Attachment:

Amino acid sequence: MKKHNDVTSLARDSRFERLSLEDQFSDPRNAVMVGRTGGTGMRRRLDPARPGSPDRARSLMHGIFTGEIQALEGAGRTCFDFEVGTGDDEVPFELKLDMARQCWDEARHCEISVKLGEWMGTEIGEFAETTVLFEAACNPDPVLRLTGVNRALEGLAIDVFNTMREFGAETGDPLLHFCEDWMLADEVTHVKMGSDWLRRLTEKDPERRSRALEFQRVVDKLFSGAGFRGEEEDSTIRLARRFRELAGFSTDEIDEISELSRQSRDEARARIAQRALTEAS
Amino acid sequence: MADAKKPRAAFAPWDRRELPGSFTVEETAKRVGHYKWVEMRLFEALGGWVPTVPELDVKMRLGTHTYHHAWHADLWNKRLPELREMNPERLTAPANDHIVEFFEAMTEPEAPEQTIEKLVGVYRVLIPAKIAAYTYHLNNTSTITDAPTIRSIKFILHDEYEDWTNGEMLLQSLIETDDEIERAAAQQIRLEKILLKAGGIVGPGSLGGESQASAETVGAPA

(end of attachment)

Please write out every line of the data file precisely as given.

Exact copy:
Amino acid sequence: MKKHNDVTSLARDSRFERLSLEDQFSDPRNAVMVGRTGGTGMRRRLDPARPGSPDRARSLMHGIFTGEIQALEGAGRTCFDFEVGTGDDEVPFELKLDMARQCWDEARHCEISVKLGEWMGTEIGEFAETTVLFEAACNPDPVLRLTGVNRALEGLAIDVFNTMREFGAETGDPLLHFCEDWMLADEVTHVKMGSDWLRRLTEKDPERRSRALEFQRVVDKLFSGAGFRGEEEDSTIRLARRFRELAGFSTDEIDEISELSRQSRDEARARIAQRALTEAS
Amino acid sequence: MADAKKPRAAFAPWDRRELPGSFTVEETAKRVGHYKWVEMRLFEALGGWVPTVPELDVKMRLGTHTYHHAWHADLWNKRLPELREMNPERLTAPANDHIVEFFEAMTEPEAPEQTIEKLVGVYRVLIPAKIAAYTYHLNNTSTITDAPTIRSIKFILHDEYEDWTNGEMLLQSLIETDDEIERAAAQQIRLEKILLKAGGIVGPGSLGGESQASAETVGAPA